Diagnostic Questions

My tale is long and one of much woe, so I shall begin at the beginning.

I have a 1999 Toyota Corolla. 4 cylinders.

I was on the road about 2 hours from home when my check engine light came on flashing. It stopped flashing so I kept driving. Three more hours of driving at highway speeds and it only came back on once. I then took it into autozone and the code reader told me I had a Cylinder 3 Misfire. The guy told me to change my spark plugs and I would be fine. It was time for a spark plug change anyhow so I drove home and did it. After I changed the spark plugs the car did not start at all. It would cough and sputter and try to start but not actually start. Changed the spark plug wires and then the car stopped even coughing and sputtering. It just didn’t start. I then noticed that my fuel line that feeds directly into the engine was rotten right next to the engine and if I pushed it in I could get the car to try to start. (Try and fail, but at least try.) The fuel line is a molded piece of rubber that flares at each end. It was one of the flares that was rotten and didn’t seem to be sealing anymore. The hose is 7 mm inner diameter in the middle and about half an inch on the ends. I took some 3/8 in fuel line and used it to cover over one of the flares. The car tries to start now but wont. 3 of the four cylinders crank. I don’t understand how I could break my car on such a simple repair job.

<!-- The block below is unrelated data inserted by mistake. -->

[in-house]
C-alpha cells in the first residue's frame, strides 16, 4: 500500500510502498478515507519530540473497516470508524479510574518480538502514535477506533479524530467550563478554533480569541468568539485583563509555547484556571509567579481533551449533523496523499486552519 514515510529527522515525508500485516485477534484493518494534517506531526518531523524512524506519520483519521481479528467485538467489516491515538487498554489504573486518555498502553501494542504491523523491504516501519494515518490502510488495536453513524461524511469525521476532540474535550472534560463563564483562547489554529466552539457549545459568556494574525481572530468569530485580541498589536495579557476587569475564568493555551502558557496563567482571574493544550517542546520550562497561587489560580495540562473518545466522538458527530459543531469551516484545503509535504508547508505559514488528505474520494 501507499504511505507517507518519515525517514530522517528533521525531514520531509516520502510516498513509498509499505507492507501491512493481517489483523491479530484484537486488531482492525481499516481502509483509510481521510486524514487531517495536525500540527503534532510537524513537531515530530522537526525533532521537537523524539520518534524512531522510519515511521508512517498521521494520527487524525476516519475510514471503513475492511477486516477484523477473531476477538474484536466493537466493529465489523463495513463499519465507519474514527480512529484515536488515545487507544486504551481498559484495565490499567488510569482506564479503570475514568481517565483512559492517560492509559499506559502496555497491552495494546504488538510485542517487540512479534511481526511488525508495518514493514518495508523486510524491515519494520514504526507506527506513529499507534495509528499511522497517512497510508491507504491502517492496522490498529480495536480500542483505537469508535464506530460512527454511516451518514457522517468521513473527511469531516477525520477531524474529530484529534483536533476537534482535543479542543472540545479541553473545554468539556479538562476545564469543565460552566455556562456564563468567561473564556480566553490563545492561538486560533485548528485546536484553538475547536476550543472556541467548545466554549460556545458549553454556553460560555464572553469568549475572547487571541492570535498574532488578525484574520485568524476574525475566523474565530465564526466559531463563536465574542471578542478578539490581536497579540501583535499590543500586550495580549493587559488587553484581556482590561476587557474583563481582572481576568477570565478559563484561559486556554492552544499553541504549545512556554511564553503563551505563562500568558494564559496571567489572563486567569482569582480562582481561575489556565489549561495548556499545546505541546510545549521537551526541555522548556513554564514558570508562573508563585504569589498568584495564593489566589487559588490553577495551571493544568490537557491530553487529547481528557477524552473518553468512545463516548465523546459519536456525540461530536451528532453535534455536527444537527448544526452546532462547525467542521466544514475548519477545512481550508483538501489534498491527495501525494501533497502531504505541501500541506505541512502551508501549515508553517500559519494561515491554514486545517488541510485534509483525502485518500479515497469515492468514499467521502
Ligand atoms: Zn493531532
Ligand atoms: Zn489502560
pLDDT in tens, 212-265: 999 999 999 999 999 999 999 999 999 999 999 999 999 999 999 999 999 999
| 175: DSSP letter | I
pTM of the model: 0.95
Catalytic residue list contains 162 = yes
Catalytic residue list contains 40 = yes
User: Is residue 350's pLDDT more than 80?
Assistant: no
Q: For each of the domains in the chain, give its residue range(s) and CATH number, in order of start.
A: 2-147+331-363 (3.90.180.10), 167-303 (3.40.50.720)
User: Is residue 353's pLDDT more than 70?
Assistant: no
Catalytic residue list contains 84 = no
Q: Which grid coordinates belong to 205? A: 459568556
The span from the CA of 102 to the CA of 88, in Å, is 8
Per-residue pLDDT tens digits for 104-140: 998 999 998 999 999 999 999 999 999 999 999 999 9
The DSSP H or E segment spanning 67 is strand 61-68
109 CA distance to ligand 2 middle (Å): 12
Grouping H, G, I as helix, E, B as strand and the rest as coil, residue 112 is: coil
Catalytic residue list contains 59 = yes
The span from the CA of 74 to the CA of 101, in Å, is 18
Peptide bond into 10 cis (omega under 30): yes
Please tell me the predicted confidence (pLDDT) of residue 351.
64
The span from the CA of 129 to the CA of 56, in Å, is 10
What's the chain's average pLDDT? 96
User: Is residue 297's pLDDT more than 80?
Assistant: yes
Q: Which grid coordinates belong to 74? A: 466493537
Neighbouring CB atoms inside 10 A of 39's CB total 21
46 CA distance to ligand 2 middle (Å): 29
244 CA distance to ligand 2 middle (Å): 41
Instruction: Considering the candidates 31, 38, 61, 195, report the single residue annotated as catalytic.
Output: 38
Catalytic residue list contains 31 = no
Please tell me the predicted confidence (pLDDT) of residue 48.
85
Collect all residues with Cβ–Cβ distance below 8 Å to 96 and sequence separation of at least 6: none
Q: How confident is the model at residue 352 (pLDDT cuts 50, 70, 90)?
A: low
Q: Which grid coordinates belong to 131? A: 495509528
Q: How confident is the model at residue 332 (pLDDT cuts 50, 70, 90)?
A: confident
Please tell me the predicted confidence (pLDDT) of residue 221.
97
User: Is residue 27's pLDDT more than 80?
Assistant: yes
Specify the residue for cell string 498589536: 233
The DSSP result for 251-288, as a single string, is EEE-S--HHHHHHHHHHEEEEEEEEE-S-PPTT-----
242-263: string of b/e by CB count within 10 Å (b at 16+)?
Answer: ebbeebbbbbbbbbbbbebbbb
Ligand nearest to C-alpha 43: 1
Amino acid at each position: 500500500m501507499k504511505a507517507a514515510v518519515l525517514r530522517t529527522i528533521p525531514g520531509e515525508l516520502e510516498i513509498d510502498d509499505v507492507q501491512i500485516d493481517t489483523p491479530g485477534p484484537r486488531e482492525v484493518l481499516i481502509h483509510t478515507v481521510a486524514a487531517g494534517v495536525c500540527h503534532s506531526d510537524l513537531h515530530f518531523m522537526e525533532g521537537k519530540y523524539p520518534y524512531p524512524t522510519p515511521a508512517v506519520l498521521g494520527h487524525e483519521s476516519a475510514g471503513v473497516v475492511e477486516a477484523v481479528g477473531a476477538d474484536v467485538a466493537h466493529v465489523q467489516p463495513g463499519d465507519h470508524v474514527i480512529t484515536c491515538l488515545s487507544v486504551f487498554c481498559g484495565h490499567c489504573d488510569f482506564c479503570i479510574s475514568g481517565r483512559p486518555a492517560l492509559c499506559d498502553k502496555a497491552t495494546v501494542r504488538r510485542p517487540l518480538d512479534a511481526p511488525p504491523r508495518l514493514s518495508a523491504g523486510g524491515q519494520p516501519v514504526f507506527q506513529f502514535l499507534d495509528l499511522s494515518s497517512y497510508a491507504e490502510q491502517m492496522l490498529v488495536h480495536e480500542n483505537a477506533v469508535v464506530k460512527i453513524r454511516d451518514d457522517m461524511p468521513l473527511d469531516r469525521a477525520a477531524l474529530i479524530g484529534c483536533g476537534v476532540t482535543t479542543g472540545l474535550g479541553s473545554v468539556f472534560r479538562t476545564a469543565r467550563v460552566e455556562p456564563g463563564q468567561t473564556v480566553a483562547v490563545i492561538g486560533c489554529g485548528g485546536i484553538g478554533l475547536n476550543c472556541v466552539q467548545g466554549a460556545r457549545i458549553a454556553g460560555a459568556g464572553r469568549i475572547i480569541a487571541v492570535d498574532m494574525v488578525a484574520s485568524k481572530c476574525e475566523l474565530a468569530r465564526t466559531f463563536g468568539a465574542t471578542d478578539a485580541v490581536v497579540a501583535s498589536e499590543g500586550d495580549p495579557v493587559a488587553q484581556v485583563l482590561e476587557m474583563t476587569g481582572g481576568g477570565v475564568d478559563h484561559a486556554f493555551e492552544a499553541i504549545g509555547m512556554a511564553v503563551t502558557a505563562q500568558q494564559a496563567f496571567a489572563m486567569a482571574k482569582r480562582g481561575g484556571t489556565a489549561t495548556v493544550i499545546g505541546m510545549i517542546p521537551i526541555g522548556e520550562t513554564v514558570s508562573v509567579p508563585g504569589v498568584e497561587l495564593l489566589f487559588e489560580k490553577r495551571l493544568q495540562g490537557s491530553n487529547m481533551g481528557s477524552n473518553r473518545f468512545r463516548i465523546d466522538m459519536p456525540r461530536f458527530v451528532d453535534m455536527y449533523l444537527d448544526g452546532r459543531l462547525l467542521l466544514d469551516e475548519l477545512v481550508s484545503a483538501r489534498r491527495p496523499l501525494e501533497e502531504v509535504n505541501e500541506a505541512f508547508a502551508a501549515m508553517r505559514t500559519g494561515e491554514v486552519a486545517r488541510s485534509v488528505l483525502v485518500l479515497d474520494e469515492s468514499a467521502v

I would check for fuel in the tank. If there isn’t any, I would have the fuel line replaced before starting the engine. If there is fuel, you may need a new fuel pump and fuel line.

You got me thinking that it’s not the fuel line you were working on or the tank would be empty and the engine would have caught on fire.

It sounds like the car has to go to a repair shop for further diagnosis. Take it to a better zone.

This fuel line is about 9 inches long and runs from the engine to a metal hose pipe. It runs into the right side of the engine. When the car didn’t start the area smelled faintly of gas. I assumed this means that there is both fuel in the tank and the thing is trying to pump fuel through that line.

I’m pretty sure that is is not the fuel line that you are working on but just a vacuum line. The fuel lines have swedged ends on them because the fuel is under about 70 psi. Assuming that you didn’t get the spark plug wires crossed up, I’d guess that you got the wrong plugs. Did you compare the new plugs to the old plugs? Did you keep the old plugs?

How many miles on this? Did you replace the distributor cap and the rotor? If you are approaching 200k miles on this car, they have a history with wearing out the center shaft busing in the distributor which means the whole distributor has to be replaced, although when this happens, the problem is usually intermittent for awhile.

Was one end of the hose connected to this